To write the same things. That is, to repeat the same truths and admonitions. Perhaps he refers in this to the exhortations which he had given them when he was with them, on the same topics on which he is now writing to them. He says, that for him to record these exhortations, and transmit them by a letter might be the means of permanent welfare to them, and would not be burdensome or oppressive to him. It was not absolutely necessary for them, but still it would be conducive to their order and comfort as a church. We may suppose that this chapter is a summary of what he had often inculcated when he was with them.

To me indeed is not grievous. It is not burdensome or oppressive to me to repeat these exhortations in this manner. They might suppose that in the multitude of cares which he had, and in his trials in Rome, it might be too great a burden for him to bestow so much attention on their interests.

But for you it is safe. It will contribute to your security as Christians, to have these sentiments and admonitions on record. They were exposed to dangers which made them proper. What those dangers were the apostle specifies in the following verses.

{a} "rejoice in the Lord" 1 Th 5:16

{b} "same things to you" 2 Pe 1:12-15


Verse 2. Beware of dogs. Dogs in the east are mostly without masters; they wander at large in the streets and fields, and feed upon offals, and even upon corpses. Comp. 1 Ki 14:11; 16:4; 21:19.

They are held as unclean, and to call one a dog is a much stronger expression of contempt there than with us, 1 Sa 17:43; 2 Ki 8:13. The Jews called the heathen dogs, and the Mohammedans call Jews and Christians by the same name. The term dog also is used to denote a person that is shameless, impudent, malignant, snarling, dissatisfied, and contentious, and is evidently so employed here. It is possible that the language used here may have been derived from some custom of affixing a caution on a house that was guarded by a dog to persons approaching it. L'Enfant remarks that at Rome it was common for a dog to lie chained before the door of a house, and that a notice was placed in sight, "Beware of the dog." The same notice I have seen in this city affixed to the kennel of dogs in front of a bank, that were appointed to guard it. The reference here is, doubtless, to Judaizing teachers; and the idea is, that they were contentious, troublesome, dissatisfied, and would produce disturbance. The strong language which the apostle uses here shows the sense which he had of the danger arising from their influence. It may be observed, however, that the term dogs is used in ancient writings with great frequency, and even by the most grave speakers. It is employed by the most dignified characters in the Iliad, (Bloomfield;) and the name was given to a whole class of Greek philosophers—the Cynics. It is used in one instance by the Saviour, Mt 7:6. By the use of the term here, there can be no doubt that the apostle meant to express strong disapprobation of the character and course of the persons referred to, and to warn the Philippians in the most solemn mariner against them.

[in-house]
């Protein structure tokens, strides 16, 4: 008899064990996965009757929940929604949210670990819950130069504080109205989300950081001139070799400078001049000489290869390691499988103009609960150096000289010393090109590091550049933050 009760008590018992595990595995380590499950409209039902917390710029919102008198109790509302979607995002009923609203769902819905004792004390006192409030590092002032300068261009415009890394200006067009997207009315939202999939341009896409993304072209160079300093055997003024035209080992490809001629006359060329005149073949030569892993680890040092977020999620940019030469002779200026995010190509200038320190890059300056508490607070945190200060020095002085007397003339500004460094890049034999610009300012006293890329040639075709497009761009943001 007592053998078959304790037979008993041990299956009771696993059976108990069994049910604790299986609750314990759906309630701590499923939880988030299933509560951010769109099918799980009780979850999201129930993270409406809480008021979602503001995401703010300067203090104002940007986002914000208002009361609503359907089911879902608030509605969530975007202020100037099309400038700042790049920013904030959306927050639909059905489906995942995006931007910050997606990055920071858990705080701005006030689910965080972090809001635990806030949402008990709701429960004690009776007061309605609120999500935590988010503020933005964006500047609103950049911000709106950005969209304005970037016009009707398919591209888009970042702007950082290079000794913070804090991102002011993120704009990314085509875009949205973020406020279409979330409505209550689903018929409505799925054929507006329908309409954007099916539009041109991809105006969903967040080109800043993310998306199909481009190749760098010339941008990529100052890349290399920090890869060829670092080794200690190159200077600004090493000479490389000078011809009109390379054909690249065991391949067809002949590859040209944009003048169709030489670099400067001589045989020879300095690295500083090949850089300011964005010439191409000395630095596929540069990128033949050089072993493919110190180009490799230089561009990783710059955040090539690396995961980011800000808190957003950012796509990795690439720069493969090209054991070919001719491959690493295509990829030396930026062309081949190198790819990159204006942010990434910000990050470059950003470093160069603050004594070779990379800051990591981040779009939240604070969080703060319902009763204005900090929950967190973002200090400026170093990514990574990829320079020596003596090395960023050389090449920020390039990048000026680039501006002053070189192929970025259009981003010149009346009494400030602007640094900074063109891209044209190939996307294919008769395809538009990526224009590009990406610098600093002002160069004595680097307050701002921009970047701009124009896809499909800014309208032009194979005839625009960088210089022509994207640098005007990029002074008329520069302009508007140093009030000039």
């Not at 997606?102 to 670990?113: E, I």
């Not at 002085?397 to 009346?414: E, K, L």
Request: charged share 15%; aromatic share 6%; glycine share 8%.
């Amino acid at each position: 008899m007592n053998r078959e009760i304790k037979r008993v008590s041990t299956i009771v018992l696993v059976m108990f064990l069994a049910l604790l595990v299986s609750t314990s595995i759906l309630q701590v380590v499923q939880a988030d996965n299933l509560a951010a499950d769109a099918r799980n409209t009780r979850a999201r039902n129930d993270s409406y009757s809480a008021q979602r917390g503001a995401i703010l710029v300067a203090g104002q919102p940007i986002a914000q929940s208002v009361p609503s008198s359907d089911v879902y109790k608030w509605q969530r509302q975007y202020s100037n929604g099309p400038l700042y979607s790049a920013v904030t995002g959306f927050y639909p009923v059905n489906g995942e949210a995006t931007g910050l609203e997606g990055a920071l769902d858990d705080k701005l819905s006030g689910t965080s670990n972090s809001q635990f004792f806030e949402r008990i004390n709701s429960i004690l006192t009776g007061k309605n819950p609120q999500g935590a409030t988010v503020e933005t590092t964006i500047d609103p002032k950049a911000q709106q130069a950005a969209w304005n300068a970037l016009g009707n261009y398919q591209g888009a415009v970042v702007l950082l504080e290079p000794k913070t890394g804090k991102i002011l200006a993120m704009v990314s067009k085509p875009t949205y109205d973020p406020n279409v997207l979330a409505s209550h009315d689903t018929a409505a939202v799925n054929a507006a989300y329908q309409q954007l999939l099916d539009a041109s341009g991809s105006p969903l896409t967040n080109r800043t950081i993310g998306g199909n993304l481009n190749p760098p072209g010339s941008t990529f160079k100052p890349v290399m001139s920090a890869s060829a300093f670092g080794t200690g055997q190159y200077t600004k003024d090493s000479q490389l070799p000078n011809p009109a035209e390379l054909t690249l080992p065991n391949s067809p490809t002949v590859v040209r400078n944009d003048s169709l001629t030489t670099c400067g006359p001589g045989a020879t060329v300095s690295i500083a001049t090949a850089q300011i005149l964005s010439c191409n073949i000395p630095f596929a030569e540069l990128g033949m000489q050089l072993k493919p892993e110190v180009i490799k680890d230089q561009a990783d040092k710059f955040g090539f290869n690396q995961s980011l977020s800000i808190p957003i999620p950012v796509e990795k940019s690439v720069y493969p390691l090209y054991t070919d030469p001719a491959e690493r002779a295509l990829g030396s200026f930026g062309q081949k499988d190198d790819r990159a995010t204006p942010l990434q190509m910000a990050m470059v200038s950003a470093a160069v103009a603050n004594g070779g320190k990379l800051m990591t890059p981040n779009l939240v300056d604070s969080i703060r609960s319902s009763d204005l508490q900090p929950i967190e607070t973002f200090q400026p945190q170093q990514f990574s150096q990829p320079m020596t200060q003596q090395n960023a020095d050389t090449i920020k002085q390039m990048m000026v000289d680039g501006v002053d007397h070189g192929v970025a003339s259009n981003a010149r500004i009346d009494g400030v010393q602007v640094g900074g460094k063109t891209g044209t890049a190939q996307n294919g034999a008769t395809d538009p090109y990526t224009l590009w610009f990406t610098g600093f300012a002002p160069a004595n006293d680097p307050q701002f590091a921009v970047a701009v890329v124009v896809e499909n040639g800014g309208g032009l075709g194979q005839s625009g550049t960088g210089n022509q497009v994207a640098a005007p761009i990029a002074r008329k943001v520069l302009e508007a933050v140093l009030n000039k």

Beware of evil workers. Referring, doubtless, to the same persons that he had characterized as dogs. The reference is to Jewish teachers, whose doctrines and influence he regarded only as evil. We do not know what was the nature of their teaching, but we may presume that it consisted much in urging the obligations of the Jewish rites and ceremonies; in speaking of the advantage of having been born Jews; and in urging a compliance with the law in order to justification before God. In this way their teachings tended to set aside the great doctrine of salvation by the merits of the Redeemer.

Beware of the concision. Referring, doubtless, also to the Jewish teachers. The word rendered concision katatomh— means, properly, a cutting off, a mutilation, it is used here contemptuously for the Jewish circumcision, in contrast with the true circumcision. Robinson, Lex. It is not to be understood that Paul meant to throw contempt on circumcision as enjoined by God, and as practised by the pious Jews of other times, Ac 16:3, but only as it was held by the false Judaizing teachers. As they held it, it was not the true circumcision. They made salvation to depend on it, instead of its being only a sign of the covenant with God. Such a doctrine, as they held it, was a mere cutting off of the flesh, without understanding anything of the true nature of the rite; and hence the unusual term by which he designates it. Perhaps, also, there may be included the idea that a doctrine so held would be, in fact, a cutting off of the soul; that is, that it tended to destruction. Their cutting and mangling the flesh might be regarded as an emblem of the manner in which their doctrine would cut and mangle the church. Doddridge. The meaning of the whole is, that they did not understand the true nature of the doctrine of circumcision, but that with them it was a mere cutting of the flesh, and tended to destroy the church.

{c} "dogs" Isa 56:10,11; Re 22:15

{d} "beware of" Ps 119:115

{e} "concision" Gal 5:1-3